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Showing posts from January, 2018

The Berryman murders Garvagh

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John Berryman.
On the 20th of August 1908, John Berryman was hanged for the murder of his brother and his sister-in-law after a fall out over shares on a farm. William Berryman was the oldest brother and in 1906 he married Jane Turner from Ballinameery. Before the marriage, things had been fine between the brothers. They had equal shares on a prosperous farm near Garvagh. After the wedding, John sold his shares to William on the understanding he continued to live and work on the farm. The relationship between the two brothers soured and John regretted selling his share and arguments on the matter became frequent.

On Wednesday 18th March the brothers were sitting in the kitchen eating a meal that Mrs Berryman had prepared. Suddenly John attacked William with a hammer and beat him around the head. William sustained a fractured skull and as he lay dying on the floor, John left the house. Nancy Doherty who had been passing heard Mrs Berryman shouting at John that he had killed his brother.…

Creation of Co Londonderry 1613

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The counties of Coleraine, Donegal and Tyrone along with Armagh and Monaghan were created in 1585. The county of Cavan, which had been included in the province of Connaught, was later added to the province of Ulster. 

County Coleraine which had been formed from O’Cahan’s country lay to the north of the Sperrins between the rivers Foyle and Bann. Co. Coleraine was actually quite small consisting of only two ancient areas known as Anagh and Limavaddye. Two new baronies were created and called Tirkeeran and Keenaught, respectively to form the new county.
On the 28th January 1610 articles of agreement were signed between the City of London and James I, king of England and Scotland, for the colonisation of an area in the province of Ulster which was to become the county of Londonderry. This agreement modified the original plan for the Plantation of Ulster which had been drawn up in 1609. The area now to be allocated to the City of London included the then county of Coleraine, the barony of L…

Understanding counties and baronies

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From the seventeenth century until the middle of the nineteenth century the administrative divisions within Ireland were Townland, Parish, Barony, County and Province.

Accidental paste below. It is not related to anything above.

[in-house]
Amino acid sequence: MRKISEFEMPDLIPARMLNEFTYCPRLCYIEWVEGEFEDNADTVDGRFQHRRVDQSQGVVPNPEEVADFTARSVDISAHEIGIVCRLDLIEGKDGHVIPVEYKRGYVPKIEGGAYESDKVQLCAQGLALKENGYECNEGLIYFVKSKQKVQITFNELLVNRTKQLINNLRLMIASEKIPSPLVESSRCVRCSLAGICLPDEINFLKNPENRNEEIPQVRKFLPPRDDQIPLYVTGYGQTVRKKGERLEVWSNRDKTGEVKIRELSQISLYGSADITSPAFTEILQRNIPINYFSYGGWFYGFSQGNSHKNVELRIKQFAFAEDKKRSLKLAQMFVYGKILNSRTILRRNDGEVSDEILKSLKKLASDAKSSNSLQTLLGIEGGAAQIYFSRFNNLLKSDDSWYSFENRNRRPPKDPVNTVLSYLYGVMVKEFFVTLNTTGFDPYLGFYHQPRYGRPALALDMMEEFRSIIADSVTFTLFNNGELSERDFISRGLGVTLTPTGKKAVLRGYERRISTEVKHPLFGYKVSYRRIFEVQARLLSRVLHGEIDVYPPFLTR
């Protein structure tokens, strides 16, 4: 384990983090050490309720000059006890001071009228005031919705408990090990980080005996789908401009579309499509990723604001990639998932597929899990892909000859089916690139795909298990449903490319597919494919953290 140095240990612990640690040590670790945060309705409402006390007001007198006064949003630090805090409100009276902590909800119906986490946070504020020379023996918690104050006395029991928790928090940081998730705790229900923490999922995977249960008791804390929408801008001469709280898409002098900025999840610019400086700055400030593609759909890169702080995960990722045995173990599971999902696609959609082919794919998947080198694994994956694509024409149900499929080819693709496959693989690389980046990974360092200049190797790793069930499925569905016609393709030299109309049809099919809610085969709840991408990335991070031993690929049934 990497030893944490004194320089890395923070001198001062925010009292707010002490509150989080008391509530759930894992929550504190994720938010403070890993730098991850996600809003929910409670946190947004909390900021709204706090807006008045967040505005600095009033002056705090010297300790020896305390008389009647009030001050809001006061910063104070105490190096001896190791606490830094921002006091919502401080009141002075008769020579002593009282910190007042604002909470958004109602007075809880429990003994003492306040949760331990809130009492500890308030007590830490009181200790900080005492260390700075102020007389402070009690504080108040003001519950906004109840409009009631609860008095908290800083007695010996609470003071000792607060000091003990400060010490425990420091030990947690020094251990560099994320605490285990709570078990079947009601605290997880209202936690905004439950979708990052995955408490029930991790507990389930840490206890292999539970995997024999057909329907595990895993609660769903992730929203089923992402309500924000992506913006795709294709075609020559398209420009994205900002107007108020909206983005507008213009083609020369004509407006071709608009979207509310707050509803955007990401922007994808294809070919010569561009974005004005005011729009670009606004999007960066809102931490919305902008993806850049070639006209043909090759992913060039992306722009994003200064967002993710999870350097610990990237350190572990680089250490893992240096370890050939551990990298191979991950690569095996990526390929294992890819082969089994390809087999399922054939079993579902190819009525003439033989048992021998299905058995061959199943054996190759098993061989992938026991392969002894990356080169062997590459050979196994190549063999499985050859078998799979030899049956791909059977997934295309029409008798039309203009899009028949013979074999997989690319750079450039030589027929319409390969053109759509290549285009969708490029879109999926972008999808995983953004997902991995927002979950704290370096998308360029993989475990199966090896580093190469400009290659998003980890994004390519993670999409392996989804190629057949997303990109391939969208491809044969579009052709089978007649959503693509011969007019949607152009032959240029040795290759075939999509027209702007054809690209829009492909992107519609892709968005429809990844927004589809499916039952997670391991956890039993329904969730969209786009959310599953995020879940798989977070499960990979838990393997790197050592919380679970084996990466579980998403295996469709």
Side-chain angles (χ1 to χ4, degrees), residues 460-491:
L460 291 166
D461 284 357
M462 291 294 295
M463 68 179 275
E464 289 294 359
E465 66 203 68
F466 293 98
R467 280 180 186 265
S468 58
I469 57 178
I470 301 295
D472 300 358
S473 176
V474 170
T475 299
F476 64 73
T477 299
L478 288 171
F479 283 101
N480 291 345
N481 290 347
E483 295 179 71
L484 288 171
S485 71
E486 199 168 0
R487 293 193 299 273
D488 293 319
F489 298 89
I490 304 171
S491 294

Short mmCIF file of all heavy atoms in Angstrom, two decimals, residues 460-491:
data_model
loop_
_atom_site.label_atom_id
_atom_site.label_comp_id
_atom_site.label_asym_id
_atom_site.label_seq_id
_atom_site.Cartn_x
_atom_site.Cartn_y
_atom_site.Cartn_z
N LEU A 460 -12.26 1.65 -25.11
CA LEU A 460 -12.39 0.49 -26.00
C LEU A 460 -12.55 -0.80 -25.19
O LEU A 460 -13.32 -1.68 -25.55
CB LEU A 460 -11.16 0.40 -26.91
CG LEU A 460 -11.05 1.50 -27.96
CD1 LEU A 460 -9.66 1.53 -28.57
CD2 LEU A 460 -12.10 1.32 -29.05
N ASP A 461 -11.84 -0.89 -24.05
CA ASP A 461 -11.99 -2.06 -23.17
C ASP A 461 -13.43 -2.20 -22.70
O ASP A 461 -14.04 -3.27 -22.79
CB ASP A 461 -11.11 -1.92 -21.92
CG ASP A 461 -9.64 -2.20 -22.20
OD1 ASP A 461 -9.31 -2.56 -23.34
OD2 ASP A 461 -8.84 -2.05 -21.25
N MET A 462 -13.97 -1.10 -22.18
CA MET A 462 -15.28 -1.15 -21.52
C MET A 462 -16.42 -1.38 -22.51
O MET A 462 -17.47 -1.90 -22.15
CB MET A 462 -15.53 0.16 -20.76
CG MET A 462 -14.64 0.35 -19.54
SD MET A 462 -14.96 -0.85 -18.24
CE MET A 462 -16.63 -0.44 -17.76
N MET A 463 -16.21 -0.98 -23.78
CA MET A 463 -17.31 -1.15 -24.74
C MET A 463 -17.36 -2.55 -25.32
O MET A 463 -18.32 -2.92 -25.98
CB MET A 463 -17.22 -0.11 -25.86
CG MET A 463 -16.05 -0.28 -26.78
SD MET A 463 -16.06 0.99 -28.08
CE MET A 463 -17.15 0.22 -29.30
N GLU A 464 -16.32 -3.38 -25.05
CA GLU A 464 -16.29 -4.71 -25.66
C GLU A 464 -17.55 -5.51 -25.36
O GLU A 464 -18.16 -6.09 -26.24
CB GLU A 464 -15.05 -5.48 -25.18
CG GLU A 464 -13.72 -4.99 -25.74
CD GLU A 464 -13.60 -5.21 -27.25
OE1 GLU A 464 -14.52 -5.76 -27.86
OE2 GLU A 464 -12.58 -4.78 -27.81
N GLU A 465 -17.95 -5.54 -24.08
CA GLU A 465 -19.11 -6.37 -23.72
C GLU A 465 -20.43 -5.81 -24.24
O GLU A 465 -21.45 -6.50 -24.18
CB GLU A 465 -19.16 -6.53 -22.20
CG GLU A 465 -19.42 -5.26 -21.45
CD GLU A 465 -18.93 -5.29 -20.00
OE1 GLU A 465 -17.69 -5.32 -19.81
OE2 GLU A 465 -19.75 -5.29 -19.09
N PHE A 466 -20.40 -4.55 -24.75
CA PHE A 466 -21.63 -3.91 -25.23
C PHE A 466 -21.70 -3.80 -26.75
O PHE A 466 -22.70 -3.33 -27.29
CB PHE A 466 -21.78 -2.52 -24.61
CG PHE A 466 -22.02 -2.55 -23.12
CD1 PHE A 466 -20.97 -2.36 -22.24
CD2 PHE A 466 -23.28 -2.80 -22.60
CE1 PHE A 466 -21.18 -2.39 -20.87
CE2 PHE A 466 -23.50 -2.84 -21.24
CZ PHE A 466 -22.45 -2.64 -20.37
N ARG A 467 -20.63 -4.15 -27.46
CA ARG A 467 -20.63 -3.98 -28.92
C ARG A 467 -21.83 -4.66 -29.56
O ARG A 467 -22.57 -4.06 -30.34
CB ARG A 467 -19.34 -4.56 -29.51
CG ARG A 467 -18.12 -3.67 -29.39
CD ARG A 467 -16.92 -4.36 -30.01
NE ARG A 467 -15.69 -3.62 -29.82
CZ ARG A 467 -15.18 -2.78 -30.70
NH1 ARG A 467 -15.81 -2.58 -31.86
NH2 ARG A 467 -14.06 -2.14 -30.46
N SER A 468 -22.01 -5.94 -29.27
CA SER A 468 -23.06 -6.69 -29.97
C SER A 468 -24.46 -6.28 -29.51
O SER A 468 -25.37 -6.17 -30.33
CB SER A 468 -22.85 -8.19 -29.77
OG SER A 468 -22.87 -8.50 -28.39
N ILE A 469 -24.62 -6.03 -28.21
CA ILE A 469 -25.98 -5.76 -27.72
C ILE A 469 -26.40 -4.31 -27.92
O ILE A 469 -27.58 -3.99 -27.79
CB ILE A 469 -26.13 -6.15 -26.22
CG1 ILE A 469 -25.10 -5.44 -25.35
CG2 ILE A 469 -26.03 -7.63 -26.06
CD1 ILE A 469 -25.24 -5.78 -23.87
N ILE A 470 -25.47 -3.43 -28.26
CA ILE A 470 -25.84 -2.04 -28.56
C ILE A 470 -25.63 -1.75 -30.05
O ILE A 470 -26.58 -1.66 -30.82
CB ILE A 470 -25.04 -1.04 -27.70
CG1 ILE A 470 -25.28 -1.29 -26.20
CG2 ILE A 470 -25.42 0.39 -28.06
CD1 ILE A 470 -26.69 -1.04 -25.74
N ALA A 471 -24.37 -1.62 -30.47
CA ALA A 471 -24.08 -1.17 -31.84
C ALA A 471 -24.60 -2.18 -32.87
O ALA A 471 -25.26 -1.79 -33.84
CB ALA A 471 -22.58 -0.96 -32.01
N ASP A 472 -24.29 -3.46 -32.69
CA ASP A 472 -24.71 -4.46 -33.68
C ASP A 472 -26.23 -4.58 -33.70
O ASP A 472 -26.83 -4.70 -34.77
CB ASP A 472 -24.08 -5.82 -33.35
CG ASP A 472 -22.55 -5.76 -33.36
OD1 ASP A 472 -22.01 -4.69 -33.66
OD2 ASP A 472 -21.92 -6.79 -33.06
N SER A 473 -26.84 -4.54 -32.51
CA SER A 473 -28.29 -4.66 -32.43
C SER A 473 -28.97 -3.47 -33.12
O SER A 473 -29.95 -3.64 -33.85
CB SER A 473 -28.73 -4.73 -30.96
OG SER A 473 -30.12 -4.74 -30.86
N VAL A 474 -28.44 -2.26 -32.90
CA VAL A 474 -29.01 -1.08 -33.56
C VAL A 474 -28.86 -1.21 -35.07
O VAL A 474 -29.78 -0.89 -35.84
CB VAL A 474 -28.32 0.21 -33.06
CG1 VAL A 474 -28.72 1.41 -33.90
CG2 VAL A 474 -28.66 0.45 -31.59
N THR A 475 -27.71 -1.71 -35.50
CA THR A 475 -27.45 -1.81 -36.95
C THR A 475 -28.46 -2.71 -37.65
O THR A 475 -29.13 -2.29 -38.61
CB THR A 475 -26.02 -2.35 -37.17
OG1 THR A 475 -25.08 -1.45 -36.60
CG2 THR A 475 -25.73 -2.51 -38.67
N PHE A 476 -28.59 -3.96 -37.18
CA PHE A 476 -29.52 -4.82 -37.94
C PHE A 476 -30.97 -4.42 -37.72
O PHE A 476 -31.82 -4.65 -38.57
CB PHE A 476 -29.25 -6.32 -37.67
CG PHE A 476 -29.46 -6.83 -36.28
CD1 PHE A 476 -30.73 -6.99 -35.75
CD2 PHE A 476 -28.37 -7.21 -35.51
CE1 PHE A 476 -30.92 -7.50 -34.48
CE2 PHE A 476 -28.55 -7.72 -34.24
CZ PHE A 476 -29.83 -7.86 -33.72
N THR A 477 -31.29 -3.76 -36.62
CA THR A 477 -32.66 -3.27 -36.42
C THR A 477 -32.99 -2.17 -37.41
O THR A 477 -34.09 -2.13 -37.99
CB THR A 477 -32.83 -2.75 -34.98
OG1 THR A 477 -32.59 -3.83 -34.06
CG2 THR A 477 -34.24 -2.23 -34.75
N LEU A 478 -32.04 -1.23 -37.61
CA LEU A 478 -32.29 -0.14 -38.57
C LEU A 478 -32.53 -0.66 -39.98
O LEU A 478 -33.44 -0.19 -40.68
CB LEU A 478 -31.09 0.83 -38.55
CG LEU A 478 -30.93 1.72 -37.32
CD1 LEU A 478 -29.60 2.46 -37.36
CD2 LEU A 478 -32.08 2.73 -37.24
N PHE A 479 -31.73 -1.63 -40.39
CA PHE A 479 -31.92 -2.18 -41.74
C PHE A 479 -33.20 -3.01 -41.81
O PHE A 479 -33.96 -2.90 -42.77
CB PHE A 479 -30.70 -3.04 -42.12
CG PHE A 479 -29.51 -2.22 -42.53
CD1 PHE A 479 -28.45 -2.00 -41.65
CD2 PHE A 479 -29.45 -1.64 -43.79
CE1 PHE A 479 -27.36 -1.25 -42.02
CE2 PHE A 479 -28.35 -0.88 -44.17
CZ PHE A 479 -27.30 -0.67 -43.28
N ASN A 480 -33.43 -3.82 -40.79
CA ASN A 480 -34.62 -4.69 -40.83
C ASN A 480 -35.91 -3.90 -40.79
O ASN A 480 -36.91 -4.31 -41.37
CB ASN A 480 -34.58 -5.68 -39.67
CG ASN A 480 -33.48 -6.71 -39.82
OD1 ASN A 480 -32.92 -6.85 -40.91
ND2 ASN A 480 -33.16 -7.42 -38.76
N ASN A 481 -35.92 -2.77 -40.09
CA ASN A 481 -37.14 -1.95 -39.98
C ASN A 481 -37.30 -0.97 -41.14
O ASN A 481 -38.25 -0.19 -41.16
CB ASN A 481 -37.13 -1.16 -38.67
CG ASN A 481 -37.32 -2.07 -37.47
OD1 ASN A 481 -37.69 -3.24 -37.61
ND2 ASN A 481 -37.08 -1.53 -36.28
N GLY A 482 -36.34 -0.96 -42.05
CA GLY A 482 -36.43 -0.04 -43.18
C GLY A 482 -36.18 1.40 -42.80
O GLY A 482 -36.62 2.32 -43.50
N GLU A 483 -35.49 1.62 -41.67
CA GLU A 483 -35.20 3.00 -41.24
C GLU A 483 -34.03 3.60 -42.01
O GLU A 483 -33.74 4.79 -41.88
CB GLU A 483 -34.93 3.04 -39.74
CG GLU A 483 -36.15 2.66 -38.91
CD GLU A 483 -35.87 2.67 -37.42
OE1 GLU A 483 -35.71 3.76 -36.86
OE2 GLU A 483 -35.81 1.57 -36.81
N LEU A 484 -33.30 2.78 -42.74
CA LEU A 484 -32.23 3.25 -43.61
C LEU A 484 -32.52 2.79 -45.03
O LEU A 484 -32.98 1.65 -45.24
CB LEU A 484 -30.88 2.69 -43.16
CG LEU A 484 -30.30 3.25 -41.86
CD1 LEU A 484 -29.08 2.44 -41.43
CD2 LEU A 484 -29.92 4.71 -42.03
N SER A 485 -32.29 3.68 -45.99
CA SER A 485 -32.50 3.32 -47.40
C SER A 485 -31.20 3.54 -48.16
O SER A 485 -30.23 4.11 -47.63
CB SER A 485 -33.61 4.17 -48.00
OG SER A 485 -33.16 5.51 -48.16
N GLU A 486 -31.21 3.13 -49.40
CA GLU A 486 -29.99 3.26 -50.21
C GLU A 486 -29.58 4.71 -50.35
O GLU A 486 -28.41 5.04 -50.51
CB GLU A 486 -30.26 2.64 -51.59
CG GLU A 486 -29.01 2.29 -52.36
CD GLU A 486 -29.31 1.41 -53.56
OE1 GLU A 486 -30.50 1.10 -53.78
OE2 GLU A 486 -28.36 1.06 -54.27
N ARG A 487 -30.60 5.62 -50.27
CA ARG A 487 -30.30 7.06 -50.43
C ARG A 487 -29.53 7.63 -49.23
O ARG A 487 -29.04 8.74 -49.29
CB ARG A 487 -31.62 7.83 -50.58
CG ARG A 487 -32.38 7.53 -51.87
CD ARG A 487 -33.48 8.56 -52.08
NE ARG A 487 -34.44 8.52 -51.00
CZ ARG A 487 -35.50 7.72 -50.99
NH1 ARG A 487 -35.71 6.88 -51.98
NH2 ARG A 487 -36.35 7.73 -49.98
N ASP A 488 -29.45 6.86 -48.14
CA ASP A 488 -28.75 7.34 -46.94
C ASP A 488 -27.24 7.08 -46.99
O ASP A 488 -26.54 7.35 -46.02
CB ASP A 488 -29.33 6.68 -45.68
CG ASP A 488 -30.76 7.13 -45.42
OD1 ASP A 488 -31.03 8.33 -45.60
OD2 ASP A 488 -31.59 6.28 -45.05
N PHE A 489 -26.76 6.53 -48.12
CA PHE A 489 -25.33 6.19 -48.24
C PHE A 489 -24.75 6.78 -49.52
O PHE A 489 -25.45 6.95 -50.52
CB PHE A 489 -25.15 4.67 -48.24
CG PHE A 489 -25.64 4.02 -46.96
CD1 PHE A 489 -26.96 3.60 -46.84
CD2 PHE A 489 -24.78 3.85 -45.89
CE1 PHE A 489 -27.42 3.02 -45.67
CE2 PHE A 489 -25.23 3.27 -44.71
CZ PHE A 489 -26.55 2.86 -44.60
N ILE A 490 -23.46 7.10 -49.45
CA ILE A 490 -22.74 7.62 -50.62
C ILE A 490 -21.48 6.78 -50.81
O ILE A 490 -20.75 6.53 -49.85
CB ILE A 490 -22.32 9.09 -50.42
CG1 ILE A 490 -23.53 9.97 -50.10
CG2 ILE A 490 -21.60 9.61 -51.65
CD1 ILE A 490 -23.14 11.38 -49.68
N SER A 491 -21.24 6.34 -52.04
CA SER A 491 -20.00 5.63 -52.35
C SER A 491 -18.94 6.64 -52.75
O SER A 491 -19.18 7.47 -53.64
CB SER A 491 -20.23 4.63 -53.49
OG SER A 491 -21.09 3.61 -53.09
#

The historic province of Ulster consists of nine counties.
The county system as a form of territorial division was introduced into Ireland shortly after the Norman Conquest in the late twelfth century. The creation of counties was gradual, however, and did not reach into Ulster until the late sixteenth century. The counties of Coleraine, Donegal and Tyrone along with Armagh and Monaghan were created around 1585. Sometime later the county of Cavan, which had been included in the province of Connaught, was added to the province of Ulster. 
The new county of Londonderry was not formed until 1613 and was created out of the existing county of Coleraine and parts of the neighbouring counties of Donegal, Antrim and Tyrone.
Baronies The barony was a unit used in Ireland between the sixteenth and nineteenth centuries for administrati…

Understanding townlands

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Understanding townlands

The townland is the smallest administrative territorial unit in Ireland, varying in size from a single acre to over 7,000 acres. Originating in the older Gaelic dispensation, townlands were used as the basis for British administration in Ireland and of leases in the estate system, and subsequently to assess valuations and tithes in the nineteenth century. The townland remained the basic recording unit within the census returns before 1911.

There are over 60,000 townlands in Ireland (almost 17,000 of these are in Ulster).

Ireland then is made up of a gigantic jigsaw puzzle of townlands, each one unique and a visible sign of our topographical and genealogical history. Townlands are of ancient origin an identifiable marker of both landscape and history.



Townlands were used in the British system of administration during the Ulster plantation. Unfortunately, some if not many of the Gaelic names were written phonetically and anglicized further through the centuries makin…

Understanding parishes

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CHURCH AND CIVIL PARISHES

Records may identify a civil or church parish as a place of origin but in some cases it may be unclear which type of parish a record refers to. In general, a reference in a civil record refers to a civil parish in Ireland.The Church of Ireland (Established Church) parish boundaries generally followed those of the civil parishes. However, there may not have been enough members to support a Church of Ireland church in each civil parish. Consequently, parishes joined together as one functional parish. Sometimes more than one Church of Ireland parish existed within a civil parish. This was especially true in Ulster where there were greater numbers of Church of Ireland members.

Religious denominations in Ireland other than the Catholic Church and Church of Ireland did not use a parish system. A parish named for a Presbyterian, Methodist, Moravian, Baptist, Congregational, Mormon, or Quaker ancestor is most likely the civil parish.


RC parishes
With the re-emergence…